Secondly, the characterization lacks depth with the three princesses imbued with their own personalities and specific traits, but not much else so that they are little more than two-dimensional stereotypes—Snow is cheerful and impetuous, Talia is stern and single-minded, and Danielle is compassionate and resourceful. The secondary players and villains are even less developed, which is a shame because Danielle’s stepsister, Charlotte, could have been one of the book’s more interesting characters.

Lastly, for all that “The Stepsister Scheme” does to reinvent the fairy tale and the ‘happily ever after’, the plot still ends up following a predictable path and even concludes on a happy note. That said, there is a twist towards the end of the book that promises darker times for the princesses, and the story does offer a few surprises along the way like the true mastermind behind the kidnapping. Thematically, Jim introduces a few adult topics into the fairy tale fold like murder, rape, Talia’s sexual orientation, and the consequences of using power, but these are presented more as afterthoughts rather than the powerful subject matter they could have been.

CONCLUSION:The Stepsister Scheme” is one of those books that both impressed me and left me feeling disappointed. Of the former, the novel is fast-paced and entertaining—though not quite a page-turner—and will appeal to younger readers and anyone who enjoys fairy tales. As to the latter, I felt “The Stepsister Scheme” lacked substance in a couple of areas, and just thought that Mr. Hines could have done so much more with the book’s premise. All in all, “The Stepsister Scheme” is a solid start to a new series, but the sequels will have to be much better to hold my attention…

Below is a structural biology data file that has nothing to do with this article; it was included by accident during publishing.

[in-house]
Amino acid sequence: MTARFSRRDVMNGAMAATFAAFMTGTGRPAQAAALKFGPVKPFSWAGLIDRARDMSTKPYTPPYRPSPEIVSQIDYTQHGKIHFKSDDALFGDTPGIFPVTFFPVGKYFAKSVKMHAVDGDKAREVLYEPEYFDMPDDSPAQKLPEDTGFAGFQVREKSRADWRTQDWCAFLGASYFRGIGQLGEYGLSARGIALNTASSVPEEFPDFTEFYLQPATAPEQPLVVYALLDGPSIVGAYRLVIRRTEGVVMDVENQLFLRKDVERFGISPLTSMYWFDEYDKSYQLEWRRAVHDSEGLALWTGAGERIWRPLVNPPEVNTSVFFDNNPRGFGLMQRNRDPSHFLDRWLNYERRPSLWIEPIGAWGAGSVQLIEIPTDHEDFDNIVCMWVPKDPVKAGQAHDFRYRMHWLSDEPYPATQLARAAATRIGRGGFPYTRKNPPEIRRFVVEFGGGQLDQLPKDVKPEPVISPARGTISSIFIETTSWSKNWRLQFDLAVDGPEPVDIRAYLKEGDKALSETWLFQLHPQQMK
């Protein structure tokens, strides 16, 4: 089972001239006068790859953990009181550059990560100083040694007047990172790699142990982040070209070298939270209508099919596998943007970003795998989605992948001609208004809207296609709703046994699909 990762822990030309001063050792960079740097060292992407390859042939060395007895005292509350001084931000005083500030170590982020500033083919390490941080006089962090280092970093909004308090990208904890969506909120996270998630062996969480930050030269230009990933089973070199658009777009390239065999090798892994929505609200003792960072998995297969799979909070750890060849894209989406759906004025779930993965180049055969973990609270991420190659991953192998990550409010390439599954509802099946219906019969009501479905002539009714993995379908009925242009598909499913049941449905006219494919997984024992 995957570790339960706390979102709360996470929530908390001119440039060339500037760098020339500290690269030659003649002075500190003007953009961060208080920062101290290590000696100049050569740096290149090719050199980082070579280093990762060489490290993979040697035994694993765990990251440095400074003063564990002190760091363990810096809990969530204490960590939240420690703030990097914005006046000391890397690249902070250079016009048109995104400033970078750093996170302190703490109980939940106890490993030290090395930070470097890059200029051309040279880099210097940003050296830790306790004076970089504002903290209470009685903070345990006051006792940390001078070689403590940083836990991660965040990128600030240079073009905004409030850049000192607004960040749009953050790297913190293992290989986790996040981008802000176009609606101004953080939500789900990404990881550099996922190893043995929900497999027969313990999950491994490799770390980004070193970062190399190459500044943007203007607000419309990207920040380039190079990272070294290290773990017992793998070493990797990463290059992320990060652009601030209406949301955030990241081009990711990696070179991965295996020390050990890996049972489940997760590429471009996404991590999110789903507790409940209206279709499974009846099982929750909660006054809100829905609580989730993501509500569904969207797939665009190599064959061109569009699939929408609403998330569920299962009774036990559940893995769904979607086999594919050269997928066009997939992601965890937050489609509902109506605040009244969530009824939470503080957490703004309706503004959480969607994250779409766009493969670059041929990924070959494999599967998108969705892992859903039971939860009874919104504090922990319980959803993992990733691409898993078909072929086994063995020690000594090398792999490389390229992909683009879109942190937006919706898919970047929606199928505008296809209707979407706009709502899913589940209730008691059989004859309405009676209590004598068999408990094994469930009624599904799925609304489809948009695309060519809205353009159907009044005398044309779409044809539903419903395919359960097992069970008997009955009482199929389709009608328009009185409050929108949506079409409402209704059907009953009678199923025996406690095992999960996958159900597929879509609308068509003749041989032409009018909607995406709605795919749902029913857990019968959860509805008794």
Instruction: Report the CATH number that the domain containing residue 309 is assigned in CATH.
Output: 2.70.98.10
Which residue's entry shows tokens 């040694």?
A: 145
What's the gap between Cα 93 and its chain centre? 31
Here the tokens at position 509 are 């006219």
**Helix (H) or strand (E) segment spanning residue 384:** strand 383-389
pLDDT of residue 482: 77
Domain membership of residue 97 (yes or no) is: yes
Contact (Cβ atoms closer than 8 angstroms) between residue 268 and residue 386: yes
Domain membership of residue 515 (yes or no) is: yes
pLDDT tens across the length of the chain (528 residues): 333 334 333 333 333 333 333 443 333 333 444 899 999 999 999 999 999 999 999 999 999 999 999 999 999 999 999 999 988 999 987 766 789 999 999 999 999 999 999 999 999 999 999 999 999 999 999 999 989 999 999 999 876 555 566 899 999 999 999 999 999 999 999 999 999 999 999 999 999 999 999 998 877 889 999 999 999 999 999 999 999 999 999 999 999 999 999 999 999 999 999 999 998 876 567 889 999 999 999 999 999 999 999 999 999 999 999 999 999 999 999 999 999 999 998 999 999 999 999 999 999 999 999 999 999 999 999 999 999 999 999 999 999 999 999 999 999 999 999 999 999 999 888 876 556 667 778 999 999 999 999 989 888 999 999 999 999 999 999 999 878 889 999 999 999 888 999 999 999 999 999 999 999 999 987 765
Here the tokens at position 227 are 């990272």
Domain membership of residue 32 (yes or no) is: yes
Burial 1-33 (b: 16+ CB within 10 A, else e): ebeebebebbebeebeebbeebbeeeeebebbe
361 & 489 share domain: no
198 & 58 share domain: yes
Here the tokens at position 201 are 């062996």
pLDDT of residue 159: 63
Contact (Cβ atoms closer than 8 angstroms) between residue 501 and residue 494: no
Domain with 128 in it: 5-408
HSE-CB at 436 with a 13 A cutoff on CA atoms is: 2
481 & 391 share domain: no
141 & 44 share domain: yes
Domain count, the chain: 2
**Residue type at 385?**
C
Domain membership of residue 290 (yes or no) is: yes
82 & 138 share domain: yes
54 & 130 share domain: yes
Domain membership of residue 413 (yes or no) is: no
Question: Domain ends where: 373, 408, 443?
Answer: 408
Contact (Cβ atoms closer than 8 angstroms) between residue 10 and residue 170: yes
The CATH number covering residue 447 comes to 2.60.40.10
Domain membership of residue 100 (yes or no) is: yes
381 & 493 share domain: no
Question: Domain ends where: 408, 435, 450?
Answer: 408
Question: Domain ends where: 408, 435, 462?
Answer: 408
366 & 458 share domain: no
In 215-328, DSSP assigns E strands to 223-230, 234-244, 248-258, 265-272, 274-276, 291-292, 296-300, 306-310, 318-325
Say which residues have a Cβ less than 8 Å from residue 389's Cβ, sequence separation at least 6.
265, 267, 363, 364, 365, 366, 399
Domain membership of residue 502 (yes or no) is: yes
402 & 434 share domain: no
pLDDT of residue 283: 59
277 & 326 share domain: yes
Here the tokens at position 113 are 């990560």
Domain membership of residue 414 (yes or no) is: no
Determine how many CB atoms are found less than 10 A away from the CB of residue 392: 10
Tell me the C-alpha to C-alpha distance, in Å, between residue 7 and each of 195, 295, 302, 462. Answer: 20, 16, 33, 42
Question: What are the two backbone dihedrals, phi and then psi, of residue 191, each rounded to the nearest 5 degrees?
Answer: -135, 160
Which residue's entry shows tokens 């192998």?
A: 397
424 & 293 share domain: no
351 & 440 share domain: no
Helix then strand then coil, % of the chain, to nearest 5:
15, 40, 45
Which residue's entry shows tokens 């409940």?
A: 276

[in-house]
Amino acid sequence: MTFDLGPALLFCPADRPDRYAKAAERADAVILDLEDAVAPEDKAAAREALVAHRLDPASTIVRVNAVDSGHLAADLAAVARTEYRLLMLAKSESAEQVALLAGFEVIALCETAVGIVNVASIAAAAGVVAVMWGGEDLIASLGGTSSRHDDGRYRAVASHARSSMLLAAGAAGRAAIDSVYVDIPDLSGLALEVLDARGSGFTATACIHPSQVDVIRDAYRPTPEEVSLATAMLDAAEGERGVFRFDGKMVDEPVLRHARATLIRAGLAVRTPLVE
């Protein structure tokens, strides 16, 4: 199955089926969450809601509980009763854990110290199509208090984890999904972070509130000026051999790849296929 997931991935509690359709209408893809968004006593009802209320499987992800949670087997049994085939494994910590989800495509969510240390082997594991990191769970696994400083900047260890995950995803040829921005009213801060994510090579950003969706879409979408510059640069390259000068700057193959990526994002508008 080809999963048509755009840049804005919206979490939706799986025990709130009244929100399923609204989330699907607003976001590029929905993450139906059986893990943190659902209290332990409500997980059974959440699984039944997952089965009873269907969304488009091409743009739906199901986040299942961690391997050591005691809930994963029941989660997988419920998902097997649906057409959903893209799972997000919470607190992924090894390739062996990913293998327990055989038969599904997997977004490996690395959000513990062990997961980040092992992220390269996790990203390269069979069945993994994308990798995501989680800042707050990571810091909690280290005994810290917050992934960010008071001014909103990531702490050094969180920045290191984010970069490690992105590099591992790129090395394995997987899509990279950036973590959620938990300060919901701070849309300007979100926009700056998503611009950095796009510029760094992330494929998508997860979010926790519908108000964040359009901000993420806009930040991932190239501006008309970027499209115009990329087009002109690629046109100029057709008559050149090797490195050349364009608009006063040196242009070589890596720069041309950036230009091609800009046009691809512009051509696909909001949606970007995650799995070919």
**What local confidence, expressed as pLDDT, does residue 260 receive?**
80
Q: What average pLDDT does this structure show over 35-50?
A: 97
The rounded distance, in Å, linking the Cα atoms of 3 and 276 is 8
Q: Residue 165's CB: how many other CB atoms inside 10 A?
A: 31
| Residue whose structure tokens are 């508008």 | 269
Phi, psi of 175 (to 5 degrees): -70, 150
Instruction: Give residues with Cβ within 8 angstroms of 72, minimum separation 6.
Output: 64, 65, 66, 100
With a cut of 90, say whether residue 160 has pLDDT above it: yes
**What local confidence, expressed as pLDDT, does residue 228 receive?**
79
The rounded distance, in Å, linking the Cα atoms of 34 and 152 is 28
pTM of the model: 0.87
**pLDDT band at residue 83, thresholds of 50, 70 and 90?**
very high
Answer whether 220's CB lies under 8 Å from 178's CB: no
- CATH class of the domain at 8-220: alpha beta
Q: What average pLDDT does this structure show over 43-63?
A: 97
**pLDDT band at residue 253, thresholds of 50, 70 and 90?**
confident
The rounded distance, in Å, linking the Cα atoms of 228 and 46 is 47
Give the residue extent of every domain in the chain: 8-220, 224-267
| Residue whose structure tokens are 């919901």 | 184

Anonymous said...

Yes, not something I feel compelled to pick up.

ediFanoB said...

After reading your review - which is a good one - I have to think again whether I want this book or not.

Robert said...

It's not for everyone, but I would give it a shot least the first couple of chapters, which I think is a good taste of what to expect throughout the book...